While all these changes and additions are significant, the attention to detail that lends an air of realism to the series is still present. All of the real-life weapons in the game are modeled with remarkable attention to detail, and each one has a different feel and report—each weapon even creates different vibrations in the controller. Enemies behave with a respectable, though not groundbreaking, level of intelligence, often acting panicked or confused (though occasionally they will behave in odd, ignorant or clearly buggy ways). When they die—and die they will—their bodies collapse to the floor using realistic rag-doll physics. Depending on their caliber, bullets can penetrate doors and do varying amounts of damage. And while Ding Chavez can usually take a few hits, the occasional close-up blast or a high-velocity shot from a sniper rifle will put him down in a flash. Perhaps the only noticeable weakness is the seemingly selective interactivity within the environments. Barrels explode, pots shatter and fire hydrants hiss, but lights cannot be shot out and barriers can't be destroyed by grenades. I would have liked to see interactivity more akin to Splinter Cell (particularly since both games use the Unreal engine) in which the lighting could be manipulated to turn the tables on my adversaries. The somewhat static feel of the environments is generally not an issue, but it does occasionally detract from the game.

As a single-player game, RS3 is worth the price of admission. The 14 levels in the campaign mode feature a good deal of scripted events mixed with just enough randomness to keep things interesting on a replay. The only real drawback is that the levels, though well-done, often lack a certain something to feel really special or unique. All the typical Rainbow Six locales—airports, high rises, warehouses, etc.—are present, with only the occasional level, such as the truly superlative Alcatraz level, really evoking a sense of wonder. Also available to solitary players is a "terrorist hunt" mode in which maps unlocked in the campaign can be traversed without the scripted events (terrorists are randomly scattered throughout the level) and without the additions of disarming bombs and/or rescuing hostages.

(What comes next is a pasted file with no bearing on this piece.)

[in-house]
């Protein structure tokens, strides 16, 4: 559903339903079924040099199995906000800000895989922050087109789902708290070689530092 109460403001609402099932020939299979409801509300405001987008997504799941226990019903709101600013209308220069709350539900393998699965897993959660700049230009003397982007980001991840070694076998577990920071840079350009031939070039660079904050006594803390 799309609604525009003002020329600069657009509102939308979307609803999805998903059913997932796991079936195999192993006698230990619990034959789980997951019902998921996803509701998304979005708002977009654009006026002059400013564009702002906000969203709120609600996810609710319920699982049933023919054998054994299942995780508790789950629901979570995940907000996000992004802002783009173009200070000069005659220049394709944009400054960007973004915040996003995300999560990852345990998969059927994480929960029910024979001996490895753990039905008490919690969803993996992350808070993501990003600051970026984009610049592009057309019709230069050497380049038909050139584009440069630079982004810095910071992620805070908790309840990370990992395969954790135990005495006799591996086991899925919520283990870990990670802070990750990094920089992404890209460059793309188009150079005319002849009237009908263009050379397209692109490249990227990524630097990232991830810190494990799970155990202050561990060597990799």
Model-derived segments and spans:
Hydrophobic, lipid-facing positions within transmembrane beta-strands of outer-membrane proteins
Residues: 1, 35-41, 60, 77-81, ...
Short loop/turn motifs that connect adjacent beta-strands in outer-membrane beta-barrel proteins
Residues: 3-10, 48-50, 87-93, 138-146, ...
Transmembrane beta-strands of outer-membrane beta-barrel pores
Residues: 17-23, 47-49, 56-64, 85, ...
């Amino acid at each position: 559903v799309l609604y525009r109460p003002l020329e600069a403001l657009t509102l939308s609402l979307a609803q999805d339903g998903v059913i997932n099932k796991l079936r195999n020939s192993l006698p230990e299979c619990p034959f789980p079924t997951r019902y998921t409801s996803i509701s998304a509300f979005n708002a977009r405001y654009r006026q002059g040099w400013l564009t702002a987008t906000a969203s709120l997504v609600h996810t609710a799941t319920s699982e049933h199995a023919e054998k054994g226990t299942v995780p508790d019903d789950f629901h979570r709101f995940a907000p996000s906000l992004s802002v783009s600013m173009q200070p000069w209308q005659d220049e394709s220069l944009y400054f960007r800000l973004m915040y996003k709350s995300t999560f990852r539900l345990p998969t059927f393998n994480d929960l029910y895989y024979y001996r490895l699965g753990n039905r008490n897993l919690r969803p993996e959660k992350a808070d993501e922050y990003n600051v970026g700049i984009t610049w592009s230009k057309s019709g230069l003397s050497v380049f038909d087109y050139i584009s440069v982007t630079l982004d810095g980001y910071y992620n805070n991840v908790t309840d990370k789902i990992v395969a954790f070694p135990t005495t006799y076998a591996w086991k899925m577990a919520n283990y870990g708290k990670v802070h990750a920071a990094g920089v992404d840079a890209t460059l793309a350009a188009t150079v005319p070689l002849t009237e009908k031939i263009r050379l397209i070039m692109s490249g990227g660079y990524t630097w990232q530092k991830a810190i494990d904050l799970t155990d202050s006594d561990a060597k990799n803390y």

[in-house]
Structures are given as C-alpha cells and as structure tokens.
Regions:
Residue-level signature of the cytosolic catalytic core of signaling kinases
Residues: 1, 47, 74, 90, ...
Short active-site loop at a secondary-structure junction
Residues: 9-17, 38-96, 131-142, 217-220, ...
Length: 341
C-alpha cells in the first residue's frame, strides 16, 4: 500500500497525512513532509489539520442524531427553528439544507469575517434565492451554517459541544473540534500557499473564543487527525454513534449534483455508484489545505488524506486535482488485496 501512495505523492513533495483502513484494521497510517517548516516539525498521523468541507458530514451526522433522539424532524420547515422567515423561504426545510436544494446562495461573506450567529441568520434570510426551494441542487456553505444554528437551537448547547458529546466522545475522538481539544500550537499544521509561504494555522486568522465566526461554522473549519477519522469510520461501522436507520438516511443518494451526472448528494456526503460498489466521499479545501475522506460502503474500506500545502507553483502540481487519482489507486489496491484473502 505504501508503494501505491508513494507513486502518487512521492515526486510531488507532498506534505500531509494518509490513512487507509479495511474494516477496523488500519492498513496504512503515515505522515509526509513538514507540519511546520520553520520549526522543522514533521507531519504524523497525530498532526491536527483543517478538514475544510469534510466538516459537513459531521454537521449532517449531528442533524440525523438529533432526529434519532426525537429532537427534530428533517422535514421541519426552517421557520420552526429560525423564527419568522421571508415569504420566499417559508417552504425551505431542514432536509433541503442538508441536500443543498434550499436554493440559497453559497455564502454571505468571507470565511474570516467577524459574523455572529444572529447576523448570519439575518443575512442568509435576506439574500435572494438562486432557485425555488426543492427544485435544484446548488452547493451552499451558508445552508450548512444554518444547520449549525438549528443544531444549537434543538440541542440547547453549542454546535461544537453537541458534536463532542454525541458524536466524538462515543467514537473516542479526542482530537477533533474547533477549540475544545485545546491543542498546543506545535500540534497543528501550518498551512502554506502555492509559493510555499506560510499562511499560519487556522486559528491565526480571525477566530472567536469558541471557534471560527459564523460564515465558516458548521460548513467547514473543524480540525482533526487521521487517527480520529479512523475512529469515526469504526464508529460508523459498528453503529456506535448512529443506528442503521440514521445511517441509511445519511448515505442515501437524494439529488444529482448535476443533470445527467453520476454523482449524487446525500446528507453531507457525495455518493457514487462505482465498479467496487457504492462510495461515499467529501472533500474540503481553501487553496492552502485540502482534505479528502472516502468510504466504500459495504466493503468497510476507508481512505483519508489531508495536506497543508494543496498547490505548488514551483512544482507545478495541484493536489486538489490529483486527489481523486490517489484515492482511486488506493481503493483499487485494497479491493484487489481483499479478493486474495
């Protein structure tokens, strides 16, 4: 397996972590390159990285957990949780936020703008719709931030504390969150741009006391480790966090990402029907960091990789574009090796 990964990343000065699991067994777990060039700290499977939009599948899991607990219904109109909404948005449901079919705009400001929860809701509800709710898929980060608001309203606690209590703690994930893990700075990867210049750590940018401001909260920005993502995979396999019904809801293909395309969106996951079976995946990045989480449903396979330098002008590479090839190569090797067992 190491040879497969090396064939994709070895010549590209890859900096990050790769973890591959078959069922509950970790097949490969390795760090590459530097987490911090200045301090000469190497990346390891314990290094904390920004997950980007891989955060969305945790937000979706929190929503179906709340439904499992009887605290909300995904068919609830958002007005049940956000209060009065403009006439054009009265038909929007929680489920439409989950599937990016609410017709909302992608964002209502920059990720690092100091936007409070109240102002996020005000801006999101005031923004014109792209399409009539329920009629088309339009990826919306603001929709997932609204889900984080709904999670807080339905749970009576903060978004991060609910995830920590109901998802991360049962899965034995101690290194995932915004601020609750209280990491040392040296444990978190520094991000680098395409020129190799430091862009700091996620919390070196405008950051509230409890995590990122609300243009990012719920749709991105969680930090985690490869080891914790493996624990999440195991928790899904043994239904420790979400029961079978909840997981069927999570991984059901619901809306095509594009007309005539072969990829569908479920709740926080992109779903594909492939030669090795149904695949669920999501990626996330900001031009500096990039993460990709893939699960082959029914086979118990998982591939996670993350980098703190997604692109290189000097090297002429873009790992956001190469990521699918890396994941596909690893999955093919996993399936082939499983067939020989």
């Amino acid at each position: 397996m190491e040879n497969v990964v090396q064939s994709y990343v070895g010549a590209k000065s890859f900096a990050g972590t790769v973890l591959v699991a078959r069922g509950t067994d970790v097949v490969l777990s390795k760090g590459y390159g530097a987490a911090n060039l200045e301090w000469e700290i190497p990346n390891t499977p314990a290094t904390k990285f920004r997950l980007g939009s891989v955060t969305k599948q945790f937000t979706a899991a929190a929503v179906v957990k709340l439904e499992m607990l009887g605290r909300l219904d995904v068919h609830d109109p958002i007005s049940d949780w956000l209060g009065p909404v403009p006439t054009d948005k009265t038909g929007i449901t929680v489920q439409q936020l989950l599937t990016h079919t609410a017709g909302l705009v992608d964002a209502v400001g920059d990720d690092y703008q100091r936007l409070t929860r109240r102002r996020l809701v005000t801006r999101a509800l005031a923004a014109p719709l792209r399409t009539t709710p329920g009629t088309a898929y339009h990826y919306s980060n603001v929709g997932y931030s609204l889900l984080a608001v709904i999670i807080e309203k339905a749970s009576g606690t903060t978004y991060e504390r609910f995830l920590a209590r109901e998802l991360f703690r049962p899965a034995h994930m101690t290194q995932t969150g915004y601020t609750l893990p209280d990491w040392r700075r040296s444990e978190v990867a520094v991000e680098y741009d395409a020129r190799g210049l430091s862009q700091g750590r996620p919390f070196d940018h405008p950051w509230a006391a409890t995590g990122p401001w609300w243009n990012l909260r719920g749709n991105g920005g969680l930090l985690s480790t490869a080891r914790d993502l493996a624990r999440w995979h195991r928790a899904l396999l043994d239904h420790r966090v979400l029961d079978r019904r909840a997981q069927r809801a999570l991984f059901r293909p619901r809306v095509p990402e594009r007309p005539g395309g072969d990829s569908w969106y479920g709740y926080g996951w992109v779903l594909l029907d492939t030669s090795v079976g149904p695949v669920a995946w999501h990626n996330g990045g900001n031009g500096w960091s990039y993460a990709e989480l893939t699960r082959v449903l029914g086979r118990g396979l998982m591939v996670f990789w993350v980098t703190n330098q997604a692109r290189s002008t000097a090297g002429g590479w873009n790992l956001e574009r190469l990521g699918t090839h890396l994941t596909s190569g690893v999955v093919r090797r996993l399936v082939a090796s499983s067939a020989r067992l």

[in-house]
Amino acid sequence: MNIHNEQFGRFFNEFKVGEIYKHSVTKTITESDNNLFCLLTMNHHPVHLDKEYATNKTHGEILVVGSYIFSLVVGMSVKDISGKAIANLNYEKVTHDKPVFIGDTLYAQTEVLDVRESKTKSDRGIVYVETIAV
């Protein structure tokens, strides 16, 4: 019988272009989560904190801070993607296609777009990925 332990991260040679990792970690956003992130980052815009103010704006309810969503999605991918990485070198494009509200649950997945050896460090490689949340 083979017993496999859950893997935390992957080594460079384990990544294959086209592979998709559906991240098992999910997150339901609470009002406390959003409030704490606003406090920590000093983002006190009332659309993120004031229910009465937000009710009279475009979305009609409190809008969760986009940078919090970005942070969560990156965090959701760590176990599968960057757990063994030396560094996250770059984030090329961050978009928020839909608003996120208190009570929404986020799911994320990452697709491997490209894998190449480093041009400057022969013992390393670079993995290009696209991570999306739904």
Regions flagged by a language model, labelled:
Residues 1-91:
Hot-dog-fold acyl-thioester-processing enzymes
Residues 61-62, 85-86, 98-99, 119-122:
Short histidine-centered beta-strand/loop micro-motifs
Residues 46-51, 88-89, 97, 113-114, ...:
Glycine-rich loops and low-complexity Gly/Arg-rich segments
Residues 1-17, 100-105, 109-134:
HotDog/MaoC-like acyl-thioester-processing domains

But a great deal of the game's appeal is its fantastic online play via Xbox Live. There is unfortunately no split-screen multiplayer (let us hope it does not become obsolete), but the impressive array of online options coupled with deep gameplay make the online aspect a significant feature of the game. In fact, many of the items in the game—such as sniper rifles, claymore mines, remote charges, and flashbangs—see virtually all of their use in the multiplayer maps. This is a game that lends itself beautifully to the voice communicator and can become a very social, cooperation-dependent game.

All the dramatic changes to the game may alienate purists, but I imagine that most of them are already content with the PC version. This is simply a faster, tenser, more action-oriented Rainbow Six. In other words, it's better. It has none of the tedium of the PC games and more suspense and drama to keep players on the edge of their seats. The graphics, which are just shy of being remarkable, and the sound, which is remarkable, bring the whole package together and make it a very gripping experience. Rainbow Six 3's reworked design feels perfectly at home on the Xbox. Although not quite past the cusp of excellence, it's one of the finest shooters on any platform and a welcome addition to the series' lineage. Rating: 9 out of 10